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What Lab Values Indicate Dka?

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Prospective Studies May Decrease The Incidence Of Dka In Type 1 Diabetes In Children

Placing newborns in prospective studies to conduct genetic screenings with follow up may reduce the risk of DKA at diagnosis of type 1. Children, particularly those under the age of 5, are at the highest risk of experiencing Diabetic Ketoacidosis (DKA) at diagnosis of type 1 diabetes. This may be due to a delay in diagnosis by lack of knowledge of initial symptoms from parents or a misdiagnosis by clinicians with concurrent health issues. Currently, there are mixed data indicating whether DKA is increasing or decreasing in frequency. However, prior studies have shown that providing education on the initial symptoms of type 1 diabetes has shown to reduce the incidence of DKA at diagnosis. This can be seen in children with first-degree relatives who are more knowledgeable in the disease and can recognize initial symptoms. It is also seen in children enrolled in prospective studies for genetic testing of the disease and participating in follow ups. Oulu University Hospital in Finland have ongoing prospective studies since 1995. They have been genetically testing all newborn infants for HLA-conferred susceptibility of type 1 diabetes. One study hypothesized a decreased risk of DKA in c Continue reading >>

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  1. TheCommuter

    You can post this question on this site's Nursing Student Assistance Forums and perhaps get an answer. One of our frequent users, Daytonite, loves to give detailed answers to these types of questions.
    http://allnurses.com/forums/f205/

  2. ICRN2008

    Here is the formula for anion gap:
    Agap = Na + K - Cl -CO2
    I would think that the doctor would be monitoring the glucose level (not the agap) to determine when to stop the insulin drip. Anyone else have an idea?

  3. P_RN

    One of our wonderful members Mark Hammerschmidt has a great FREE MICU site:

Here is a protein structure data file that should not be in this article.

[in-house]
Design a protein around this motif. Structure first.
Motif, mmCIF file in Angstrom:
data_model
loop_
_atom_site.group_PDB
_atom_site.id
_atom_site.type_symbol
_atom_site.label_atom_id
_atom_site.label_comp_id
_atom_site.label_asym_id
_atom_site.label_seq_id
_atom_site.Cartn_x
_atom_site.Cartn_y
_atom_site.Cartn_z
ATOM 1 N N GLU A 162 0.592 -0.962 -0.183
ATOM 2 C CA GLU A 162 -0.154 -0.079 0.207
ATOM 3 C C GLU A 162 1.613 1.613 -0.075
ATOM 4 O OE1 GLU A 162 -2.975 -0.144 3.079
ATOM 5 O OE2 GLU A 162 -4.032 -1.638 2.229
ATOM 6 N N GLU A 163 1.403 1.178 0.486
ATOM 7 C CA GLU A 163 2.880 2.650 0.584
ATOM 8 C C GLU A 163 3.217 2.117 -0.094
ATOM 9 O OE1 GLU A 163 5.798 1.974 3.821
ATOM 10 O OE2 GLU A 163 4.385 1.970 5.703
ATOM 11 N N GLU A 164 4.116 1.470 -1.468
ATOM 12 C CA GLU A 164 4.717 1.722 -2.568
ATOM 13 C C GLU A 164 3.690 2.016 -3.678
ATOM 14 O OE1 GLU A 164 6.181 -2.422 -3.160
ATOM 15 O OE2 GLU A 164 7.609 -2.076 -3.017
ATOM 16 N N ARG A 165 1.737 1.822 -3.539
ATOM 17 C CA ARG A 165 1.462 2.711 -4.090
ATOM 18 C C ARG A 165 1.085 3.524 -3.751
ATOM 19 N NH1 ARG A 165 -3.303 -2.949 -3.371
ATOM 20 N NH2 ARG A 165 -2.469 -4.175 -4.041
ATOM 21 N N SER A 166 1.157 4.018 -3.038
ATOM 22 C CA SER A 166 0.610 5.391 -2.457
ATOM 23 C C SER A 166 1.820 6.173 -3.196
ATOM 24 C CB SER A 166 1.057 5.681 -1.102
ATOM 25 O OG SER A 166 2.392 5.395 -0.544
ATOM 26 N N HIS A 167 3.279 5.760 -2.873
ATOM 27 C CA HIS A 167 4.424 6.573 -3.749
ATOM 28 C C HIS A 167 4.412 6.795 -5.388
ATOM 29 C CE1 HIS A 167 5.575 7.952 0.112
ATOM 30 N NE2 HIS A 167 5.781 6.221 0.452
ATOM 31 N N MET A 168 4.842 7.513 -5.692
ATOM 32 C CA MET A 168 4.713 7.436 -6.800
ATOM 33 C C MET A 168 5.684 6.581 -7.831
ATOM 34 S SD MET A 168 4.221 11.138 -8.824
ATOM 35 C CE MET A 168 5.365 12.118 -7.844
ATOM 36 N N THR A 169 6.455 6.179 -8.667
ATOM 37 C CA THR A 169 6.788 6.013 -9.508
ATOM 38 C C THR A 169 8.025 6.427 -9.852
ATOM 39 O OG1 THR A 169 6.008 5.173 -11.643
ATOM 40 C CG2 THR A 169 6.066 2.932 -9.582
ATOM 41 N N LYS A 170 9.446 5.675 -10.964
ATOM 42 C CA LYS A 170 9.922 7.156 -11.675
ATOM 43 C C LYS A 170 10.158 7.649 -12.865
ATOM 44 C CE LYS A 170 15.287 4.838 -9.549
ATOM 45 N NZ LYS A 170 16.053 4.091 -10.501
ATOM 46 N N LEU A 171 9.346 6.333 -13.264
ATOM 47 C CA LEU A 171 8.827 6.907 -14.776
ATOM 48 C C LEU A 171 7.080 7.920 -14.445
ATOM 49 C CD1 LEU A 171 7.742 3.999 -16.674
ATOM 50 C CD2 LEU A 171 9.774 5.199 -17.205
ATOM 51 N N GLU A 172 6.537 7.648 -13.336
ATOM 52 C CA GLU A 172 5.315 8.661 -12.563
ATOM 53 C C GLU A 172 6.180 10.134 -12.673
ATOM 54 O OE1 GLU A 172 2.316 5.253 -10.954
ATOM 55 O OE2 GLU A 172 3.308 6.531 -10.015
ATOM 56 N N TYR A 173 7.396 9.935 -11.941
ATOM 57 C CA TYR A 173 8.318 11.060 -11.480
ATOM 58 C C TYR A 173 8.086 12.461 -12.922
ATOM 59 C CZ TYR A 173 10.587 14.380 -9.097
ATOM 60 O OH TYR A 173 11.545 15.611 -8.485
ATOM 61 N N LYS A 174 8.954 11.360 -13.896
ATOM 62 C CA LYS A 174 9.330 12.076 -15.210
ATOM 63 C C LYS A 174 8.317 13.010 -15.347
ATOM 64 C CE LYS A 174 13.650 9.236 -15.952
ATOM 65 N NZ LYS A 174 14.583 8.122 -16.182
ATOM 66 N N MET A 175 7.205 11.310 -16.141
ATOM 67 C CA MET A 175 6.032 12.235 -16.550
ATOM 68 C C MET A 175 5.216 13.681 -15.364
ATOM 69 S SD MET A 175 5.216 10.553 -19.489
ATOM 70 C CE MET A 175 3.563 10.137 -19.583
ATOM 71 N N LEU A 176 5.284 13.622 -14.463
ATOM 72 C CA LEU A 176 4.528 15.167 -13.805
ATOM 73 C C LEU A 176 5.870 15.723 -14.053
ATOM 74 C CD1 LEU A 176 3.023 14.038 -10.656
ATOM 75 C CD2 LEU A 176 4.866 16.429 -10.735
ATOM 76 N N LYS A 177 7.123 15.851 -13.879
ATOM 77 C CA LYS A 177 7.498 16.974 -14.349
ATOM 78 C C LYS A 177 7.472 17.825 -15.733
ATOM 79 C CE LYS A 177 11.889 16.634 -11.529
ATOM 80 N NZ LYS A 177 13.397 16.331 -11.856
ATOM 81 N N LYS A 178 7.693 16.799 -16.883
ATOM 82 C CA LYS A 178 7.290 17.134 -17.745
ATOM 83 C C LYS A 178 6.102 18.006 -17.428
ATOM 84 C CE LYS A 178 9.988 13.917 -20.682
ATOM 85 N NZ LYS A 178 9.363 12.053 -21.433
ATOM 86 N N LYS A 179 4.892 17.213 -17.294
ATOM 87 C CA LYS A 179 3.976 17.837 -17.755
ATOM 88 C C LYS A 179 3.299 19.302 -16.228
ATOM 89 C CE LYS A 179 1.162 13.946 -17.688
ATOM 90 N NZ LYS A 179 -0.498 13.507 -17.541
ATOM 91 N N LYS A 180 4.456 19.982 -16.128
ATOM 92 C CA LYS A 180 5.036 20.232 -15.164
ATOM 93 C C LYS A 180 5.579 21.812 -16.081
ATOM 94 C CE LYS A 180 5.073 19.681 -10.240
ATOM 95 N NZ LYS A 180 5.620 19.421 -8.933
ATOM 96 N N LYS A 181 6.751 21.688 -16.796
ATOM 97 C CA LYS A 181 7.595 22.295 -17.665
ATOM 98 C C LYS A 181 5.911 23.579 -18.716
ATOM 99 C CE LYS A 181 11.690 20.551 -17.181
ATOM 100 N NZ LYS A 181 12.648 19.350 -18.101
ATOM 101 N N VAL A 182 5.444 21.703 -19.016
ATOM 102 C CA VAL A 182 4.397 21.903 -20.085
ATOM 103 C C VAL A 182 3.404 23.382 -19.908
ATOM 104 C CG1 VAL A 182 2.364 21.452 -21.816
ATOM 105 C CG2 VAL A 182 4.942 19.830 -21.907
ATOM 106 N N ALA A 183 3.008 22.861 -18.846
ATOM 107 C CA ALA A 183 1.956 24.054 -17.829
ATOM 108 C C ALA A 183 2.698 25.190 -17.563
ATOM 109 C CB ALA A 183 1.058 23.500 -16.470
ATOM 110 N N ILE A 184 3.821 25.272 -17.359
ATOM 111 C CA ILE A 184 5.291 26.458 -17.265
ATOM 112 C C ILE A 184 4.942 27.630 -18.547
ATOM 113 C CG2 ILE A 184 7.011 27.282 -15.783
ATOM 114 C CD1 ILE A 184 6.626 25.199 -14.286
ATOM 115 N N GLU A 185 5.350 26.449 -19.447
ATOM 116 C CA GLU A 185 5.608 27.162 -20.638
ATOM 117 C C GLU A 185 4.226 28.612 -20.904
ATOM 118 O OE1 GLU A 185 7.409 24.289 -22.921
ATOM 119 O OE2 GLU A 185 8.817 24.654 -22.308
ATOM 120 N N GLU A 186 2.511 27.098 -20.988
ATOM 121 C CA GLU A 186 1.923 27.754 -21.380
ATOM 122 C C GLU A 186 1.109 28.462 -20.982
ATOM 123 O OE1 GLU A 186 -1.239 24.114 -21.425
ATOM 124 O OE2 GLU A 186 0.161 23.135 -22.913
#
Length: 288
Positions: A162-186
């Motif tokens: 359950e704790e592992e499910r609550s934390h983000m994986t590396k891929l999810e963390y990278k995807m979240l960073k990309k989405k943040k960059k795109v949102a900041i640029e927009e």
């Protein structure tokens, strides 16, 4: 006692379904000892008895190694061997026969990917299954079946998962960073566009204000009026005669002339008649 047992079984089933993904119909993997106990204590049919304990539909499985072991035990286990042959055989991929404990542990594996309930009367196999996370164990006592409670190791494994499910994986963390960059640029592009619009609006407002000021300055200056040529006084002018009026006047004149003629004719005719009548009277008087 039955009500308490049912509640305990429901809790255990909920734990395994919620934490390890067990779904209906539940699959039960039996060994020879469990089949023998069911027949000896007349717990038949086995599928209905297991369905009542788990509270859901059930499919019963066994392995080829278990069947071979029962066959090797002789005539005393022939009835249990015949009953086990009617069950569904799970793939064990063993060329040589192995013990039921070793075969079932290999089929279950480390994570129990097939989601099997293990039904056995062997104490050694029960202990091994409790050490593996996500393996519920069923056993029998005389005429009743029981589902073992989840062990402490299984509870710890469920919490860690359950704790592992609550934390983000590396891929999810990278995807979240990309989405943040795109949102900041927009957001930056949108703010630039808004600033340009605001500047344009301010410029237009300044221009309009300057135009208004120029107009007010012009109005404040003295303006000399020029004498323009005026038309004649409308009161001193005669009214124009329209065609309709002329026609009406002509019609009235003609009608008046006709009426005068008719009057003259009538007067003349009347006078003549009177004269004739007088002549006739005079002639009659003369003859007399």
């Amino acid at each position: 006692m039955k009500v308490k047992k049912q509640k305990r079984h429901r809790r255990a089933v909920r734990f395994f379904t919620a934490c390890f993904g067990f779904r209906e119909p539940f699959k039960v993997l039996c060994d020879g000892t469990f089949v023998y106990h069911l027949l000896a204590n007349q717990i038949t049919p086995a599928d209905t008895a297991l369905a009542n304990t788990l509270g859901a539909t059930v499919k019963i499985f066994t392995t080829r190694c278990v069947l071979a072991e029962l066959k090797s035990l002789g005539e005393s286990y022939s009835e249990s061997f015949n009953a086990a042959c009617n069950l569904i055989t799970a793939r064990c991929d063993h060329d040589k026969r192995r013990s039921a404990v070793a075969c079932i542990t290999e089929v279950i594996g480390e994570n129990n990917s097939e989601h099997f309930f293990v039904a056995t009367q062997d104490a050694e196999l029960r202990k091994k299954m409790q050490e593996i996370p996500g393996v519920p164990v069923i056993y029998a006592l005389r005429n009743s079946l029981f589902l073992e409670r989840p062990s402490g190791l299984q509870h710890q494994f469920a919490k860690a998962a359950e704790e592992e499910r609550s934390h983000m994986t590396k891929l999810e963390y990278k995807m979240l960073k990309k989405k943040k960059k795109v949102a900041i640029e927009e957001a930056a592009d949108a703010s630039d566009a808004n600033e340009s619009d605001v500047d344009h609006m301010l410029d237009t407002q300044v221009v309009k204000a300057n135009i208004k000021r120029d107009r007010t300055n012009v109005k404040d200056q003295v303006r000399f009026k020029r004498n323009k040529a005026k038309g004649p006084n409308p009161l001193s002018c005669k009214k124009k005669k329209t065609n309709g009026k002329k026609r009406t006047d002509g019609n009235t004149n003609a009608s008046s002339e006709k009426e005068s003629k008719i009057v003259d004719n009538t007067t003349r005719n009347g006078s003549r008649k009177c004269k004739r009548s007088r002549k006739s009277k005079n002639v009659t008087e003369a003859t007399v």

http://www.icufaqs.org/
    Check section 4.2
    It's all acidosis/alkalosis

  4. -> Continue reading
read more
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What is ADRENAL INSUFFICIENCY? What does ADRENAL INSUFFICIENCY mean? ADRENAL INSUFFICIENCY meaning - ADRENAL INSUFFICIENCY definition - ADRENAL INSUFFICIENCY explanation. Source: Wikipedia.org article, adapted under https://creativecommons.org/licenses/... license. SUBSCRIBE to our Google Earth flights channel - https://www.youtube.com/channel/UC6Uu... Adrenal insufficiency is a condition in which the adrenal glands do not produce adequate amounts of steroid hormones, primarily cortisol; but may also include impaired production of aldosterone (a mineralocorticoid), which regulates sodium conservation, potassium secretion, and water retention. Craving for salt or salty foods due to the urinary losses of sodium is common. Addison's disease and congenital adrenal hyperplasia can manifest as adrenal insufficiency. If not treated, adrenal insufficiency may result in severe abdominal pains, vomiting, profound muscle weakness and fatigue, depression, extremely low blood pressure (hypotension), weight loss, kidney failure, changes in mood and personality, and shock (adrenal crisis). An adrenal crisis often occurs if the body is subjected to stress, such as an accident, injury, surgery, or

Management Of A Dka Patient With Severe Metabolic And Ketoacidosis With Chronic Renal Insufficiency Brian Albany Otterbein University, [email protected]

Otterbein University Digital Commons @ Otterbein MSN Student Scholarship Student Research & Creative Work Fall 2014 Follow this and additional works at: Part of the Endocrine System Diseases Commons, Medical Pathology Commons, and the Nursing Commons This Project is brought to you for free and open access by the Student Research & Creative Work at Digital Commons @ Otterbein. It has been accepted for inclusion in MSN Student Scholarship by an authorized administrator of Digital Commons @ Otterbein. For more information, please contact [email protected] Recommended Citation Albany, Brian, "Management of a DKA patient with severe metabolic and ketoacidosis with chronic renal insufficiency" (2014). MSN Student Scholarship. Paper 6. Implications for nursing care Management of a DKA patient with severe metabolic and ketoacidosis with chronic renal insufficiency Brian Albany BSN, CCRN Introduction Case Study References Underlying Pathophysiology Diabetic ketoacidosis (DKA) serves as one the leading causes of mortality in diabetic patients [14]. The mortality has decreased over the past several decades due to the rapid recognition of the disease state and the improvement of managemen Continue reading >>